The Second District Court of Appeal has continued to be sympathetic to the arguments of healthcare employers that they must be permitted to communicate within the organization about the medical condition and history of all individuals being treated by the healthcare organization.  In the Lee Memorial vs. Smith decision, the Second District concluded that the Physician/Patient Privilege did not as a threshold matter apply to communications between the hospital system's representatives and employed physicians because these communications were not "disclosures" that triggered the privilege.  The Court explained that a doctor is not revealing a patient's confidential patient information in the sense contemplated by the statute simply by discussing information obtained in the course of that physician's employment with other employees or agents within the same healthcare organization.  The Second District Court of Appeal correctly recognized the ongoing role and obligation imposed on hospital management for generally monitoring care provided within the hospital and establishing standards for providing such care.  In an apparent effort to avoid a clear conflict with the First District, however, the Court in Lee Memorial distinguished the University of Florida cases by finding that the physicians in those cases were not actually employees of the particular defendant hospital (only insured under the same statutorily required insurance program) unlike the situation presented to the Second District in this case.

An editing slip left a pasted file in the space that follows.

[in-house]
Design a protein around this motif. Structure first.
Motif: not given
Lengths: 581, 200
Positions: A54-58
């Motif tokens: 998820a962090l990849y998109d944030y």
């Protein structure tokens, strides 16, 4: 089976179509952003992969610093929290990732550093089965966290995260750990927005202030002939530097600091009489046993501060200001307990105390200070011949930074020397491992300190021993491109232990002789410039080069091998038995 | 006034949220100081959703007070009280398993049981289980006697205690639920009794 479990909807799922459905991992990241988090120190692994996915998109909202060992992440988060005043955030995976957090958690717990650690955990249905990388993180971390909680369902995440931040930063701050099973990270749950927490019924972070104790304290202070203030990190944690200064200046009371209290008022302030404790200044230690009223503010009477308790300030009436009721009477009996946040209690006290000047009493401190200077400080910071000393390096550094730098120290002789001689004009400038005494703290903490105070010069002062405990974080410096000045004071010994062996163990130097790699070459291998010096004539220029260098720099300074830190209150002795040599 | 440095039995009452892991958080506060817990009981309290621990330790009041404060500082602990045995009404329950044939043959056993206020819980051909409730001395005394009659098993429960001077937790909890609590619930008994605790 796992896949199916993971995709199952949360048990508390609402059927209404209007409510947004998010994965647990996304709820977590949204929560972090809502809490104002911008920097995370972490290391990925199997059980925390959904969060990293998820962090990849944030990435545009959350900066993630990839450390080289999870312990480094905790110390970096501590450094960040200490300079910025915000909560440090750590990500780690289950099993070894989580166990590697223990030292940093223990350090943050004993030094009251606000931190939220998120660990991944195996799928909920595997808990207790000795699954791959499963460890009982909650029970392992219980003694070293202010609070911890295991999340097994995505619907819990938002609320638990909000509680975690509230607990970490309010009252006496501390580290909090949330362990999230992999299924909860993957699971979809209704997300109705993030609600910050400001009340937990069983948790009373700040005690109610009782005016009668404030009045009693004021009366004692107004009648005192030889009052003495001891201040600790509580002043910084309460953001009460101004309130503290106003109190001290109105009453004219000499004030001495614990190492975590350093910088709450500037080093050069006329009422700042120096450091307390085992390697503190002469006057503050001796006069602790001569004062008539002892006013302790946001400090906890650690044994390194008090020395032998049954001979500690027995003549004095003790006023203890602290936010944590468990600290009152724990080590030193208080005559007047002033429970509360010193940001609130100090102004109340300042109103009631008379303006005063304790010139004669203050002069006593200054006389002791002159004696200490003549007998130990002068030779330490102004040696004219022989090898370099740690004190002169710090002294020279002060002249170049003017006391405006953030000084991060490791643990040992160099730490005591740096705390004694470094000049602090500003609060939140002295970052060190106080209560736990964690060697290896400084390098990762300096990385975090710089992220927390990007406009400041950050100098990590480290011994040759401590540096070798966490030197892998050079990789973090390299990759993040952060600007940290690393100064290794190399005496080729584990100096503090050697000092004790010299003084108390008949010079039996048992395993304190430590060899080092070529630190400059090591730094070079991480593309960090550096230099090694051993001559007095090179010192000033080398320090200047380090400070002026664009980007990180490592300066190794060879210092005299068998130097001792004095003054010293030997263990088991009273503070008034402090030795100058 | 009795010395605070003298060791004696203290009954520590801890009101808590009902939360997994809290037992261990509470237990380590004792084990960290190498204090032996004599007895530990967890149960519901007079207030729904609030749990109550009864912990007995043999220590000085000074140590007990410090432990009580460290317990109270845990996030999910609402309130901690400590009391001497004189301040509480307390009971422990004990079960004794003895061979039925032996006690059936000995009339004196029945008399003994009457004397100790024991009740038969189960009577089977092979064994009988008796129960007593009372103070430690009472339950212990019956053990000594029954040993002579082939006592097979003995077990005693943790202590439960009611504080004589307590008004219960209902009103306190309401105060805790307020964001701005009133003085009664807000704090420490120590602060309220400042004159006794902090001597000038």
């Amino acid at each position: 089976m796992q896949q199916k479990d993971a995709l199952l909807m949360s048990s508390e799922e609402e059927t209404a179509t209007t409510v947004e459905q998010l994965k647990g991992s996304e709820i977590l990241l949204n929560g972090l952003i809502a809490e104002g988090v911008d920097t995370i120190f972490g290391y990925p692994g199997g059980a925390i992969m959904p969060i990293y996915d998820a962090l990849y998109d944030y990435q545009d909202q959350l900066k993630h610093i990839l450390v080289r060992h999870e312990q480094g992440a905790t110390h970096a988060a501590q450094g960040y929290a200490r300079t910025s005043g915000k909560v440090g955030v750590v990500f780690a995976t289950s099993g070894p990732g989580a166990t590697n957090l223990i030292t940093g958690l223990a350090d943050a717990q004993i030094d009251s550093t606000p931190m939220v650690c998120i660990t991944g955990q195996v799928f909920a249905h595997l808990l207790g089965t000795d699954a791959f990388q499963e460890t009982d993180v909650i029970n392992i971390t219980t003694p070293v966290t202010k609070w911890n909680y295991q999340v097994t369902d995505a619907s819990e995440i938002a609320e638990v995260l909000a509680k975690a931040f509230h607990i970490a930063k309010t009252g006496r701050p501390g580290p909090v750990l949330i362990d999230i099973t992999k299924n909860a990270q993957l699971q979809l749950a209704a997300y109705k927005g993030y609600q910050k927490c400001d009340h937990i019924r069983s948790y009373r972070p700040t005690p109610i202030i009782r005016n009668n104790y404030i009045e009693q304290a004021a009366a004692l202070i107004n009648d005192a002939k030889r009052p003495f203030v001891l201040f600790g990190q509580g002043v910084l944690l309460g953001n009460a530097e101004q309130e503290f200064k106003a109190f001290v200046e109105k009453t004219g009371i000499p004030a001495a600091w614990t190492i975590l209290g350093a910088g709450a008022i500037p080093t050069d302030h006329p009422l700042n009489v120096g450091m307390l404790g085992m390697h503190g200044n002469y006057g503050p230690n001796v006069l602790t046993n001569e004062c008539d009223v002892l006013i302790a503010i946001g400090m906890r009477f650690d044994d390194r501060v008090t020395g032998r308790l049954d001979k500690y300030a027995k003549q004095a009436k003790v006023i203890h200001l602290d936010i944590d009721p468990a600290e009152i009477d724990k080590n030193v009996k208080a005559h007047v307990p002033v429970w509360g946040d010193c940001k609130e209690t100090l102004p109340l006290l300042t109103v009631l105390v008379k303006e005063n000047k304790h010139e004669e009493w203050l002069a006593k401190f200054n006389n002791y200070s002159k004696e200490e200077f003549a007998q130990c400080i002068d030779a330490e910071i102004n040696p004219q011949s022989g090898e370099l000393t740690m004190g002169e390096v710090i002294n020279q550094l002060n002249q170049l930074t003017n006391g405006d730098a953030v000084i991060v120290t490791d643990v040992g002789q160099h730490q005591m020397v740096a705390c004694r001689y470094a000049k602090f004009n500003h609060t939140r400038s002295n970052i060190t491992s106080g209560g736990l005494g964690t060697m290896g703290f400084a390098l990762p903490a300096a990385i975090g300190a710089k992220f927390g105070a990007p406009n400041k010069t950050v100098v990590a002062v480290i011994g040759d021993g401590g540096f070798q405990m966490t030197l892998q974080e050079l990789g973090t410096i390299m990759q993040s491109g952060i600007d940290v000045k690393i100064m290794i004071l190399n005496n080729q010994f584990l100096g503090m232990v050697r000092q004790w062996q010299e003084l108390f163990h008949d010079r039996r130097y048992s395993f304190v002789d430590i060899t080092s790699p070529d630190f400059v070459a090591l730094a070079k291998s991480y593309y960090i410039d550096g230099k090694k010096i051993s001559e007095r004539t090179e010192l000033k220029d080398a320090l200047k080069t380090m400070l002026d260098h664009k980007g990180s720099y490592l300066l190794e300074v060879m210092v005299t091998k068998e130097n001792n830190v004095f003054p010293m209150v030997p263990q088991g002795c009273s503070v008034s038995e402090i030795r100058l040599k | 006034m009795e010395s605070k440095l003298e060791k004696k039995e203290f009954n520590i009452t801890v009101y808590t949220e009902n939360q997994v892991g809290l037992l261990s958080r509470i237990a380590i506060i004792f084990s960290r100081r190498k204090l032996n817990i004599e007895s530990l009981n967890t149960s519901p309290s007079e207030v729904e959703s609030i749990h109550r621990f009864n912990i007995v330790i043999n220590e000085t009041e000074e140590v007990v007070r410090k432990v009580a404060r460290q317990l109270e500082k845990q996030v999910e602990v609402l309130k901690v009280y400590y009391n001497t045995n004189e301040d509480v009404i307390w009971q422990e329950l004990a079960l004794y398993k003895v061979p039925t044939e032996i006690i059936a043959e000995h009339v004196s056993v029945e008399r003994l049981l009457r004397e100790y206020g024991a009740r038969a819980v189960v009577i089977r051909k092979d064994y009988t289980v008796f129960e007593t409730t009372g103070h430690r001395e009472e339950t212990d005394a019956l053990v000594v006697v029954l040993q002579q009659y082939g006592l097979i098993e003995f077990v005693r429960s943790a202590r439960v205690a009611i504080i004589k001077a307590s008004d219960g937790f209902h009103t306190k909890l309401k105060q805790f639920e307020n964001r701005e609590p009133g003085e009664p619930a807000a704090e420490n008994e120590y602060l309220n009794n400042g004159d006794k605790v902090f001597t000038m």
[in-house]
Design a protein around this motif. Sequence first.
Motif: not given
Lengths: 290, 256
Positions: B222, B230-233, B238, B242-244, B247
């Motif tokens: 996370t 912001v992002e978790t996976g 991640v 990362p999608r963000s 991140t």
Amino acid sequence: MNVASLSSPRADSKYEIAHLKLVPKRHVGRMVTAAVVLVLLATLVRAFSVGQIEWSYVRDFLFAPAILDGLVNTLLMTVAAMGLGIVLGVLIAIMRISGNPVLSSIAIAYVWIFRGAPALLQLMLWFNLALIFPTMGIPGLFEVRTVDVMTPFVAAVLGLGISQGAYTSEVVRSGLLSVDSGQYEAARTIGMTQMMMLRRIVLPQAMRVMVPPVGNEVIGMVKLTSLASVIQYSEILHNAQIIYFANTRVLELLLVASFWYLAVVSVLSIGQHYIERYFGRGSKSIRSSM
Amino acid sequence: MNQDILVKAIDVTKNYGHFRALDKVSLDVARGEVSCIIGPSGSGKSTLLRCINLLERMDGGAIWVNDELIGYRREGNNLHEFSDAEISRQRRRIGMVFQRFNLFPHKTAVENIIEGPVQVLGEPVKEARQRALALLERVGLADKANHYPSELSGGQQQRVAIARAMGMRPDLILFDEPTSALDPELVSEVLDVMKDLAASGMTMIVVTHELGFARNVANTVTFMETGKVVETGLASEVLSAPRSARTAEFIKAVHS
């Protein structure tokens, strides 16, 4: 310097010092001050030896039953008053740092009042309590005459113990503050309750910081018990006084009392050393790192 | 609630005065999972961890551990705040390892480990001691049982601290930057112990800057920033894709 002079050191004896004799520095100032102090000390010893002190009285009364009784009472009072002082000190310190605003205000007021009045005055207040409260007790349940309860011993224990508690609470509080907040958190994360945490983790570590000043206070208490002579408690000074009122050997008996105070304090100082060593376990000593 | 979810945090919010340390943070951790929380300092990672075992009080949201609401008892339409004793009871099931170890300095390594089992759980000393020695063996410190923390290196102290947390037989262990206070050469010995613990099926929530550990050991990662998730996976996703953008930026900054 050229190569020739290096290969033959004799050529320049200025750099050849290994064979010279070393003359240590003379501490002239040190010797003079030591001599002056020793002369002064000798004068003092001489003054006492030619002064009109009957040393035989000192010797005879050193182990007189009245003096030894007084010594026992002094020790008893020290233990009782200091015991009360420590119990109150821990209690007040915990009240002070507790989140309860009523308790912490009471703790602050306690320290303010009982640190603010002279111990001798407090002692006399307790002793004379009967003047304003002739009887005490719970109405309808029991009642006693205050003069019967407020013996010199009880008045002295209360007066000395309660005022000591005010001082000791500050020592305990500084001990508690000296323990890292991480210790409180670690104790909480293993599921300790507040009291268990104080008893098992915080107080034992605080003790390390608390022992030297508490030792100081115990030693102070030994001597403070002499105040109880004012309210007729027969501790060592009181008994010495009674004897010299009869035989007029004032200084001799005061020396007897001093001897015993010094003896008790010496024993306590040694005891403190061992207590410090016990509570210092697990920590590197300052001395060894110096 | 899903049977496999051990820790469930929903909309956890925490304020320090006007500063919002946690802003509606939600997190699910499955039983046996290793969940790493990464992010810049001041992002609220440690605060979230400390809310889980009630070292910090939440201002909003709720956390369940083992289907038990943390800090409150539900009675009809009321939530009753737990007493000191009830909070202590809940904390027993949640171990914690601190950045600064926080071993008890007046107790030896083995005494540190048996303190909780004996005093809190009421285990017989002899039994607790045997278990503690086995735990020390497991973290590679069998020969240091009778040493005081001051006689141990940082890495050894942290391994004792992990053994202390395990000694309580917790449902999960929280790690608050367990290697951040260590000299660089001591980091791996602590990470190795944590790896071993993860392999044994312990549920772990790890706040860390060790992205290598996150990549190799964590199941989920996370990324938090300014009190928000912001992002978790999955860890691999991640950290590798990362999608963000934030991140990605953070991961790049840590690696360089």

In recognition of this potential loss of a tactical advantage, many trial lawyers actively steer their clients away from situations in which they continue to seek care and treatment from health care facilities which they are alleging have previously committed malpractice.  Aside from providing the defense the obvious argument that the asserted negligence could not have been very bad if it did not even prompt a change to a different healthcare provider, plaintiff lawyers don't want the defense lawyers to have the same access to their client's treating physicians they have.  As a policy matter, healthcare organizations can only act through their agents and they must have a continuing ability to manage the care being provided in the facility to all patients, including those who have chosen to sue.  Unfortunately for plaintiff lawyers, this decision by a plaintiff/patient to return to a facility alleged to have been negligent for treatment does allow agents of that provider to speak with those providers about this ongoing care.  This ability is not impacted by the existence of a pending malpractice action.

                The ability of healthcare providers to work with their counsel remains an area insufficiently addressed by existing statutes.  It is difficult to understand how an alleged murderer is constitutionally entitled to unfettered communication with legal counsel but a physician in the current litigious environment cannot seek assistance from legal counsel when being involuntarily dragged into the court system to provide sworn testimony in matters which always have the potential for eventually involving those providers.

    For more information, please contact Andrew McCumber at [email protected]